- Manufactures and sells high-quality products worldwide.
- New products are patented, whenever possible, in the United States, and sold under a trademark registered with the Trademark Office in the United States.
- Client’s products are often knocked-off in lower-quality forms in foreign markets.
It was often difficult for client to predict countries in which product demand would justify securing patent rights. Furthermore, client’s products were not patentable in some commercially successful forms. However, the quality of client’s products provided competitive advantage in some markets although it was difficult to predict which countries. Client required intellectual property strategies which would allow it to exploit the quality advantage of its products in a large number of countries in which products might be commercially viable.
Client performed a comprehensive trademark search specific to the United States to identify federal trademark registrations, state trademark registrations, common law uses, and domain names for which client’s trademark was likely to cause confusion as to the source of the products sold by client. If no conflicts were identified with respect to the United States, then client performed trademark searches specific to the foreign countries where client would use its trademark.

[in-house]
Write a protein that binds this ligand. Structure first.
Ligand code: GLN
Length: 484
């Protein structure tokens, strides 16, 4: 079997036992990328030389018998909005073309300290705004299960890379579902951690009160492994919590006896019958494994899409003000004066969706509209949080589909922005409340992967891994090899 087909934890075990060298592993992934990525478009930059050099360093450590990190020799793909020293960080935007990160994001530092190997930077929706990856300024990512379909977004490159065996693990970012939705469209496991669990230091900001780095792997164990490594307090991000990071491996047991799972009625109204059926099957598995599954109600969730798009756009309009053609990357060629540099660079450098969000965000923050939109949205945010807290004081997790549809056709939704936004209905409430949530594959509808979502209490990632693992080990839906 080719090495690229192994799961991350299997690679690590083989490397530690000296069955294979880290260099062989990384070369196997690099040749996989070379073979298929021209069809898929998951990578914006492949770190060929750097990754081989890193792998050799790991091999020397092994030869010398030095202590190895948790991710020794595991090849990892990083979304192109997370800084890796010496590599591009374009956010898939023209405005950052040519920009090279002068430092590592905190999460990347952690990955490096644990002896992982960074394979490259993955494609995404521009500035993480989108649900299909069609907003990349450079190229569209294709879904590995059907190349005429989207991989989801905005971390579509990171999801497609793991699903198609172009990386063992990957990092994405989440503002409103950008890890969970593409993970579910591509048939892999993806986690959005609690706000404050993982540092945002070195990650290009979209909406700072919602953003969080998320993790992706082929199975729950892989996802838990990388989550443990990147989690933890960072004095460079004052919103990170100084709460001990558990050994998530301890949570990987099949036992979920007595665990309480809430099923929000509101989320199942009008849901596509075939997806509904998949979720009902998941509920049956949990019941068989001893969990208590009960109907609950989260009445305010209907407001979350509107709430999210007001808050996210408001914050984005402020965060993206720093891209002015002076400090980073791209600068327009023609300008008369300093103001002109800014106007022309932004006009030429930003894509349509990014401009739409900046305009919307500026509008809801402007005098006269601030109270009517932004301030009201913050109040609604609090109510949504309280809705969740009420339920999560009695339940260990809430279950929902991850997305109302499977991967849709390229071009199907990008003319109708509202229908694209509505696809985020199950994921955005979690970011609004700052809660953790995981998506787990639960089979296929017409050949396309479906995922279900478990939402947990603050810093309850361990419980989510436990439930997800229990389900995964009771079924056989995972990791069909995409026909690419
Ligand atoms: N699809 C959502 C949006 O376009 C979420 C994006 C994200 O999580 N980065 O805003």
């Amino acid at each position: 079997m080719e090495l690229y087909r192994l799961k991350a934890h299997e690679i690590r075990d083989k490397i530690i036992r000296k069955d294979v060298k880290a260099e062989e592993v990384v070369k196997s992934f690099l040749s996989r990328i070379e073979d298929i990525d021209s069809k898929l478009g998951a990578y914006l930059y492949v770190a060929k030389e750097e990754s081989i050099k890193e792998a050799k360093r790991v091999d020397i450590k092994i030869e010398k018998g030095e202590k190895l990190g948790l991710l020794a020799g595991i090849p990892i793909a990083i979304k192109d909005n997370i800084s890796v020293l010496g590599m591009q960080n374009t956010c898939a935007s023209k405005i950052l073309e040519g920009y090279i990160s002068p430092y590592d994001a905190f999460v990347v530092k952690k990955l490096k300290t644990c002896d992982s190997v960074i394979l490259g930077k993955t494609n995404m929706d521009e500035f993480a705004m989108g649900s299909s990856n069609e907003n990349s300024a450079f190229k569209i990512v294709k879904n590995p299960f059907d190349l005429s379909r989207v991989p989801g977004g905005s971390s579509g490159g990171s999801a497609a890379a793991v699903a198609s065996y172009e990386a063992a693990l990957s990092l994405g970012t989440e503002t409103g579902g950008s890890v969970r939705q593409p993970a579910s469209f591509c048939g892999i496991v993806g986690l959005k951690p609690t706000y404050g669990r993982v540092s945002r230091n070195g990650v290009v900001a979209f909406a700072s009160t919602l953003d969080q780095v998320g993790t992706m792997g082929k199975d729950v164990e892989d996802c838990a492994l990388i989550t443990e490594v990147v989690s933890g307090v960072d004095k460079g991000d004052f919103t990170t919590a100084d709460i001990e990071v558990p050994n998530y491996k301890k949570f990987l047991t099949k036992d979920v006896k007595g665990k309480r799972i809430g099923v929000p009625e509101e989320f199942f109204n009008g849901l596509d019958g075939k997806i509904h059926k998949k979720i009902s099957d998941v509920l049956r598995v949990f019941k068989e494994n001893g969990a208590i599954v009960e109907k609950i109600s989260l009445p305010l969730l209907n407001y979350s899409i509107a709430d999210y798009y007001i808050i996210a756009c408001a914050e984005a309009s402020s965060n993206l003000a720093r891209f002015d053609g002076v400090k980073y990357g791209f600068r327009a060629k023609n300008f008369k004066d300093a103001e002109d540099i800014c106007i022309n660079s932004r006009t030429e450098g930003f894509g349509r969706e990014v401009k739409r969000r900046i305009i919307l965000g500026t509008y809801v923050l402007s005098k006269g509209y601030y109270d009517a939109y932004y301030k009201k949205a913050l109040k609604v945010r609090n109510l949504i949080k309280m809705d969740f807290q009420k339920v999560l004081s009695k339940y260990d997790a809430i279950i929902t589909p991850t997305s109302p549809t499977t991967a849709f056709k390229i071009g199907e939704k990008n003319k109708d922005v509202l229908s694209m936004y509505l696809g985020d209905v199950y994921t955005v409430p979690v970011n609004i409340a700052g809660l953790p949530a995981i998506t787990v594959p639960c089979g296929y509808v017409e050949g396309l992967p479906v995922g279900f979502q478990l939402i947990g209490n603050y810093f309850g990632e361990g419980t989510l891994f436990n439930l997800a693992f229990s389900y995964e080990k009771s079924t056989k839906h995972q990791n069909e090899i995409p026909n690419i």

If all searches did not identify uses and/or registrations that were likely to cause confusion as to the source of the products offered under client’s mark, then client prepared and filed a trademark application with the Trademark Office in the United States. Applicant then filed a trademark application under the Madrid Protocol to pursue trademark rights in the foreign countries where client’s products were to be sold to determine commercial viability.
While trademark registrations are no substitute for patents, client’s foreign trademark registrations permitted it to leverage the quality advantage of its products in a variety of foreign markets.